Bret Keisling: 06:05 Looking at that again, Mark is the 30 days not as - and we used to go through this as, you know, in as average transactions would come close to, you know, closing time - we'd say, well, maybe the closings in a couple of weeks, you know, there'd be a little bit of, of when all the work is done, but at the very least the pause - and it's managing expectations. You want to do the transaction right. But would you agree, Mark, the fundamental concern is nobody wants, nobody in ESOP world, wants a repeat of what happened in the 2008 recession where the pause needs to happen so that people don't rush through allowing three or four or five years down the road, the DoL to say, Hey, you shouldn't have done that. And suddenly we have all kinds of regulatory stuff because people did not pause. Is that part of your concern?


Mark Kossow: 06:55 That's exactly right. That's a very, very valid concern. We don't want to, you know, we know the DoL looks at deals in hindsight, which is always 20/20 vision. We don't have the luxury of hindsight, we're going through it today, but with, with the eye on potential DoL criticisms, you know, years down the road, 30 day pause makes a lot of sense to just take a breather and see where the markets are going and see how the businesses is doing, holding up and just see, see if there's less uncertainty in a month from now than it is today.


Mark Kossow: 07:34 And I want to introduce one more concept and that really comes into play with new deals that just got started the last week or two. There's another workaround that I'm, that I'm seeing some companies gravitate towards and that is negotiating all of the non purchase price deal terms and leave the purchase price bracketed with the full understanding that as we move through the transaction, as we do our due diligence, as we get ready to close, we will revisit the purchase price. And maybe at that point in time we will introduce a clawback or we'll do other mechanisms to ensure that the purchase prices is well justified. By doing that you see a path forward and you have momentum and you keep the deal moving in the right direction.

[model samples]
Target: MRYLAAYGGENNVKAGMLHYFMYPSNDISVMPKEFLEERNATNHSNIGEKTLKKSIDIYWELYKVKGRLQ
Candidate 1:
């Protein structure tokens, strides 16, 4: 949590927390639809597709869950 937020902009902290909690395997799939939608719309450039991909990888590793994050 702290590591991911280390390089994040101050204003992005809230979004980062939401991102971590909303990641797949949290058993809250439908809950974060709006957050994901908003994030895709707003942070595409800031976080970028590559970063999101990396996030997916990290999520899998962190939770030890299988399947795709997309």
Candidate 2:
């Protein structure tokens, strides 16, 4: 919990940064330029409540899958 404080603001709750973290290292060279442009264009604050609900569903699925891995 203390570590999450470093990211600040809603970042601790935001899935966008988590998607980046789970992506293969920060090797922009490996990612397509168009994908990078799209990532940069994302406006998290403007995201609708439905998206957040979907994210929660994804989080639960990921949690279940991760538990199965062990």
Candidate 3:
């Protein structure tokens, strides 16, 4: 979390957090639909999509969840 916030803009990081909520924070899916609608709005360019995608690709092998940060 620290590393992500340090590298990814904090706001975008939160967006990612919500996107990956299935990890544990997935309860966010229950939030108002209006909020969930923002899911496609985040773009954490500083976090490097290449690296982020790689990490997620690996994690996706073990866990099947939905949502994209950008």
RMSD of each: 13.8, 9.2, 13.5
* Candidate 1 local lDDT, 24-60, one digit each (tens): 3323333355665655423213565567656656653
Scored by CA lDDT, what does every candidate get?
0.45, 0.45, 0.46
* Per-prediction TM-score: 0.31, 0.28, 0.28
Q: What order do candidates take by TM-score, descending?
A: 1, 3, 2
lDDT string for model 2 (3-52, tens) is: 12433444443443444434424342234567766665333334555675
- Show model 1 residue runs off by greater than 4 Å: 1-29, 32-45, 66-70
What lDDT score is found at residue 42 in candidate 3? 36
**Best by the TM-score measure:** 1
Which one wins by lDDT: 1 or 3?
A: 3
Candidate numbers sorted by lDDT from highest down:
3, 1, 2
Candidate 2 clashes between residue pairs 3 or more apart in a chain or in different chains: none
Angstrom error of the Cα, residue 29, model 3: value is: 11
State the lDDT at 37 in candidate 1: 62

And I want to introduce one more concept and that really comes into play with new deals that just got started the last week or two. There's another workaround that I'm, that I'm seeing some companies gravitate towards and that is negotiating all of the non purchase price deal terms and leave the purchase price bracketed with the full understanding that as we move through the transaction, as we do our due diligence, as we get ready to close, we will revisit the purchase price. And maybe at that point in time we will introduce a claw back or we'll do other mechanisms to ensure that the purchase prices is well justified. By doing that you see a path forward and you have momentum and you keep the deal moving in the right direction.


Bret Keisling: 08:35 Okay. My friends, there is plenty more of Mark Kossow you'll be able to hear next week on The EO/ESOP Podcast. But in the meantime, thank you so much for joining us today. If you have questions, if you have anything you'd like us to discuss regarding ESOPs or employee ownership, co-ops, collectives, you'll get information on how to reach us in just a moment. With that folks, these are scary times for everybody in the country, uncertainty and a lot of concern going on. Take care of yourself, take care of those around you and just have faith that we're going to get through this together. I hope you have a great day. A great weekend ahead. Thanks again for listening. I'm Bret Keisling.

Bitsy McCann: 09:18 We'd love to hear from you! To contact us, find us on Facebook at KEISOP, LLC and on Twitter @ESOPPodcast. To reach Bret, with one "T", email Bret@KEISOP.com, on LinkedIn at Bret Keisling, and most actively on Twitter at @EO_Bret. Again, that's one "T". This podcast has been produced by The KEISOP Group, technical assistance provided by Third Circle, Inc. and BitsyPlus Design. Original music composed by Max Keisling, archival podcast material edited and produced by Brian Keisling, and I'm Bitsy McCann.


Standard Disclaimer: The views expressed herein are my own and don't represent those of my own firms or the organizations to which I belong. Nothing in the podcast should be construed as guidance or advice of any kind in any field and the fact that I mentioned an organizational website or an advocate or a company on a podcast does not reflect an endorsement, but if you've heard your name or your group's name mentioned on this podcast, I'd love to have you come on and talk about it yourself.